Problem drinking in midlife doubles chance of memory problems in later life

A study published Wednesday, July 30 in the American Journal of Geriatric Psychiatry indicates that middle-aged adults with a history of problem drinking are more than twice as likely to suffer from severe memory impairment in later life.

The study highlights the hitherto largely unknown link between harmful patterns of and problems with memory later in life – problems which may place people at a high risk of developing dementia.

The study was carried out by researchers from the University of Exeter Medical School with support from the NIHR Collaboration for Leadership in Applied Health Research and Care South West Peninsula (NIHR PenCLAHRC).

The research team studied the association between a history of alcohol use disorders (AUDs) and the onset of severe cognitive and memory impairment in 6542 middle-aged adults born between 1931 and 1941. These individuals participated in the Health and Retirement Study in the US.

Participants were first assessed in 1992 and follow-up assessments took place every other year from 1996 to 2010.

A history of AUDs was identified using the CAGE* questionnaire (short for Cut down, Annoyed, Guilty, Eye-opener). Where participants registered a history of AUDs their chances of developing severe memory impairment more than doubled.

The study was led by Dr Iain Lang. He commented: "We already know there is an association between dementia risk and levels of current alcohol consumption – that understanding is based on asking older people how much they drink and then observing whether they develop problems. But this is only one part of the puzzle and we know little about the consequences of alcohol consumption earlier in life. What we did here is investigate the relatively unknown association between having a drinking problem at any point in life and experiencing problems with memory later in life."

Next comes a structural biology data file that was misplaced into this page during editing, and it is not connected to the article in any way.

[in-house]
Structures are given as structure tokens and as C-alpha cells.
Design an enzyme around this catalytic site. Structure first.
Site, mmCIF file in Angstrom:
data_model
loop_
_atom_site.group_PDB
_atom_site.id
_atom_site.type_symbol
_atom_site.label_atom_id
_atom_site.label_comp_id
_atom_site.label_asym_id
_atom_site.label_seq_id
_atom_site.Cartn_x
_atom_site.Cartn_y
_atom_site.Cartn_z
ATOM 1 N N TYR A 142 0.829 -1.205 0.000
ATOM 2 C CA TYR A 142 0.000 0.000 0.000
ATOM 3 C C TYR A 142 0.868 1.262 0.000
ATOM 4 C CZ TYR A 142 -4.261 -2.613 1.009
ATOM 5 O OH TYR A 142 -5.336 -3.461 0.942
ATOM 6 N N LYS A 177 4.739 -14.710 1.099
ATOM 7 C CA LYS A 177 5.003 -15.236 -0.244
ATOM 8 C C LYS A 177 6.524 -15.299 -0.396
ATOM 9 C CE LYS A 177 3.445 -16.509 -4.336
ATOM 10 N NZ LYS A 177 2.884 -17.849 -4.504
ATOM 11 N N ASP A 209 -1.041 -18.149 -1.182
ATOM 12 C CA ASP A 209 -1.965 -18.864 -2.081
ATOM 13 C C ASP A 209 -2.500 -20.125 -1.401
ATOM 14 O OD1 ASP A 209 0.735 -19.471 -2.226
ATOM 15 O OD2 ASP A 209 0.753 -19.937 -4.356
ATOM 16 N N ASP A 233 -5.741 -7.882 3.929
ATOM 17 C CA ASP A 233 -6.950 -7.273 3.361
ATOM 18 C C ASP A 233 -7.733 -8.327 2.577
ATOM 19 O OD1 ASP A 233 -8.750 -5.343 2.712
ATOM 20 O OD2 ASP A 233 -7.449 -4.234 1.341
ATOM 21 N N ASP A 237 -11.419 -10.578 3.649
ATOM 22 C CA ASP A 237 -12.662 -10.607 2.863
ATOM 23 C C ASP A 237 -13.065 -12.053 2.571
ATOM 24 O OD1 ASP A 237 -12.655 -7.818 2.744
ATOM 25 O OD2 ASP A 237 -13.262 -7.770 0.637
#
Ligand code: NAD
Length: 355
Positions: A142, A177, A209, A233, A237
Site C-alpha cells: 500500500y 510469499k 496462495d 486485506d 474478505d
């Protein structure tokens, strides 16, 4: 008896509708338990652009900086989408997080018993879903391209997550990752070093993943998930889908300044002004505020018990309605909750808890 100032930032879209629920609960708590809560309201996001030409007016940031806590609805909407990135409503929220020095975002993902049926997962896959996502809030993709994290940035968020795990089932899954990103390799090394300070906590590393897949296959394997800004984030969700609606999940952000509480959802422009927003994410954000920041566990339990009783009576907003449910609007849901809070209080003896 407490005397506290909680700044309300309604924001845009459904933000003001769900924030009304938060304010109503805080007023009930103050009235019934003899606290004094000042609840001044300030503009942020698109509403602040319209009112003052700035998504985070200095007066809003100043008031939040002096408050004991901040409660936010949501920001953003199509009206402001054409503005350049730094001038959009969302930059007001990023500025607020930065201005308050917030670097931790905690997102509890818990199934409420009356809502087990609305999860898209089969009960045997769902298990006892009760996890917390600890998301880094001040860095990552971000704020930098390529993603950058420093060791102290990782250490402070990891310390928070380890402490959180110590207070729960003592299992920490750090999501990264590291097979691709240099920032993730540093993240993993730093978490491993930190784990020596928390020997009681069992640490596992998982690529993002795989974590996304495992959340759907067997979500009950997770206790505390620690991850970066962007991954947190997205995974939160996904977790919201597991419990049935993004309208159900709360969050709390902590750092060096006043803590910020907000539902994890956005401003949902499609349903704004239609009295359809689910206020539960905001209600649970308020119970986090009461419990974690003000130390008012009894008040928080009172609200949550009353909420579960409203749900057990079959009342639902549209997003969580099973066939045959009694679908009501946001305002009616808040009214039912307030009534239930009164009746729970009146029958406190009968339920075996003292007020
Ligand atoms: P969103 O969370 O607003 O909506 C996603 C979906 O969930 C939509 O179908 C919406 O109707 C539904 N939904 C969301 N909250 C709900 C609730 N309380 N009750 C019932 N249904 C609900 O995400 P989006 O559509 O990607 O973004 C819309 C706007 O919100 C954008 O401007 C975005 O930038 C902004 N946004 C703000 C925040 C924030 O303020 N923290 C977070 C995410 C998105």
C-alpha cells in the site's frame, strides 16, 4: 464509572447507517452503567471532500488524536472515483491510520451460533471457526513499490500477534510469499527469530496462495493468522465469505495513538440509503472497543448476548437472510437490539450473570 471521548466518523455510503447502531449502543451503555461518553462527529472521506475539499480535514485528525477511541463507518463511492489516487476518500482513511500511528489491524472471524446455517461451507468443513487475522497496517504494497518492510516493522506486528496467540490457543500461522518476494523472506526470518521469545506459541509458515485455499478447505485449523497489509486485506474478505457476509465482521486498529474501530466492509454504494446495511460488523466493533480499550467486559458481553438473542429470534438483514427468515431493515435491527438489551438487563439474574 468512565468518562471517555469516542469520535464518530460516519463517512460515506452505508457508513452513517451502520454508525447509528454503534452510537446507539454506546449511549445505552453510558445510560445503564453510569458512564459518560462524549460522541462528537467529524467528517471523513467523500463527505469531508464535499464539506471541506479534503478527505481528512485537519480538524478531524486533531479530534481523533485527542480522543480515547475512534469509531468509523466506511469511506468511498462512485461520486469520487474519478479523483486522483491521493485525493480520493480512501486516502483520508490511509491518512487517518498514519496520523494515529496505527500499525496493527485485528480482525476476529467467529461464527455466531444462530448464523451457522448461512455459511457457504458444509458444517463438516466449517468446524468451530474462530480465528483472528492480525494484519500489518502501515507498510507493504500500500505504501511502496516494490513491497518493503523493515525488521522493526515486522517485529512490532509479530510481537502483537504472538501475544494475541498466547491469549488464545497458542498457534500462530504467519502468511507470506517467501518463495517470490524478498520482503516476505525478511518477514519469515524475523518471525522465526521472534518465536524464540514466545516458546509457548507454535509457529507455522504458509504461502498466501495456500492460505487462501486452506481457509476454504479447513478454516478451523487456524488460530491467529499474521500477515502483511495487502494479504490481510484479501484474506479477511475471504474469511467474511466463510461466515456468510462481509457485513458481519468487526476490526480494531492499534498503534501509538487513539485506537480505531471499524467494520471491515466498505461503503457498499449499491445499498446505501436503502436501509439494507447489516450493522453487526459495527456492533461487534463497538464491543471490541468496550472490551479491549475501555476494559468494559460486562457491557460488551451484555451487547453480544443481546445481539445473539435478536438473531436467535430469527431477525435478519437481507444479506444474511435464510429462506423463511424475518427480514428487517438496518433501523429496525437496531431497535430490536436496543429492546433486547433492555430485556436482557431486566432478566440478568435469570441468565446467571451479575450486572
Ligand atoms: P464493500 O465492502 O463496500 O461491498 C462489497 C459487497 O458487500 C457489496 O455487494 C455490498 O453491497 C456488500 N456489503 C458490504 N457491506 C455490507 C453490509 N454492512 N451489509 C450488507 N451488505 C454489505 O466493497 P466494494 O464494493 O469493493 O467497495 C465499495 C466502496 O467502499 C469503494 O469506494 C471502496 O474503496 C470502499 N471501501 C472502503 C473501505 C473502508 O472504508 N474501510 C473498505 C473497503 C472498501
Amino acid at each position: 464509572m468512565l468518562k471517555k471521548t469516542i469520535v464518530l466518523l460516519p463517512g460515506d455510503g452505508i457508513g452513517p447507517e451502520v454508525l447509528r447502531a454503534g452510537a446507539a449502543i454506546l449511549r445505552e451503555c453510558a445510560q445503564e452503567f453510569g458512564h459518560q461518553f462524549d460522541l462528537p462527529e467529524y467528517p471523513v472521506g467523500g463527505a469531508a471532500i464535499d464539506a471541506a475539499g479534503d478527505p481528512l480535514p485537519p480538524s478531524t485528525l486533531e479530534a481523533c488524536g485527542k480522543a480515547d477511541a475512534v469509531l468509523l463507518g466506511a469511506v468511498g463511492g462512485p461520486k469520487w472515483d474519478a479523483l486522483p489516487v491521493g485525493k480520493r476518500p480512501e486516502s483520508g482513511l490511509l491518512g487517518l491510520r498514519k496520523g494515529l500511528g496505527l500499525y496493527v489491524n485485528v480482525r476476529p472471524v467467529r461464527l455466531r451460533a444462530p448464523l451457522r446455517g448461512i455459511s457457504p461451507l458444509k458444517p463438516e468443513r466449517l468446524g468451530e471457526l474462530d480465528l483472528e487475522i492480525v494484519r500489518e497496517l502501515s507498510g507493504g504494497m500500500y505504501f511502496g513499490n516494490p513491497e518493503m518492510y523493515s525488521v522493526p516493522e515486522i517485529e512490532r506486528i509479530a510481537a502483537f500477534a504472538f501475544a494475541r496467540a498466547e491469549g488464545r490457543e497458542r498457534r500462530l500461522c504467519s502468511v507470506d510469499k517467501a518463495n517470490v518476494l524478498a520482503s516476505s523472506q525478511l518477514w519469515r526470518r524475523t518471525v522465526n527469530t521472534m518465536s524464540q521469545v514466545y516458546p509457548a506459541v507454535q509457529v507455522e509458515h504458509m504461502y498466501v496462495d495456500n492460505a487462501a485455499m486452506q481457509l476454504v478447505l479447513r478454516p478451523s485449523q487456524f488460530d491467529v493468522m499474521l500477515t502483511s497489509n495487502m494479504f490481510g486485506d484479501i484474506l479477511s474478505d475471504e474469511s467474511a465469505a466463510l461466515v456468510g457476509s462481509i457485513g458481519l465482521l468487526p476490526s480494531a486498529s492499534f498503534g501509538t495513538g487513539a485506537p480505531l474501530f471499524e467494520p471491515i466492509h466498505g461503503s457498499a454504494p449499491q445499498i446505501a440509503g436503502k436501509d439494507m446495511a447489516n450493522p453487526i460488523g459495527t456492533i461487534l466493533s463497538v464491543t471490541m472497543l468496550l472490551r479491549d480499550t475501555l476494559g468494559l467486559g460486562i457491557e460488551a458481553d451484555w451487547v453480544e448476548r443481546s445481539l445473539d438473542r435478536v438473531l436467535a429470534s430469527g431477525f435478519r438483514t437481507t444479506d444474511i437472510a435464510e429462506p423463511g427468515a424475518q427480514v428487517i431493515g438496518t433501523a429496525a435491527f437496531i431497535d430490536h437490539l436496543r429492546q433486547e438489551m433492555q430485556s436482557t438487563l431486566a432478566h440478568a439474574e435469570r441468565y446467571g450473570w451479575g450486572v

He added: "This finding – that middle-aged people with a history of problem drinking more than double their chances of when they are older – suggests three things: that this is a public health issue that needs to be addressed; that more research is required to investigate the potential harms associated with alcohol consumption throughout life; and that the CAGE questionnaire may offer doctors a practical way to identify those at risk of memory/cognitive impairment and who may benefit from help to tackle their relationship with alcohol."

Dr Doug Brown, Director of Research and Development at Alzheimer's Society said:

'When we talk about drinking too much, the media often focuses on young people ending up in A&E after a night out. However, there's also a hidden cost of alcohol abuse given the mounting evidence that alcohol abuse can also impact on cognition later in life. This small study shows that people who admitted to alcohol abuse at some point in their lives were twice as likely to have severe memory problems, and as the research relied on self-reporting that number may be even higher.

This isn't to say that people need to abstain from alcohol altogether. As well as eating a healthy diet, not smoking and maintaining a healthy weight, the odd glass of red wine could even help reduce your risk of developing dementia.'

The CAGE asks four questions (and the acronym comes from words in each question: Cut down, Annoyed, Guilty, Eye-opener):

  1. Have you ever felt you should cut down on your drinking?
  2. Have people annoyed you by criticising your drinking?
  3. Have you ever felt bad or guilty about your drinking?
  4. Have you ever had a drink first thing in the morning to steady your nerves or get rid of a hangover (eye-opener)?

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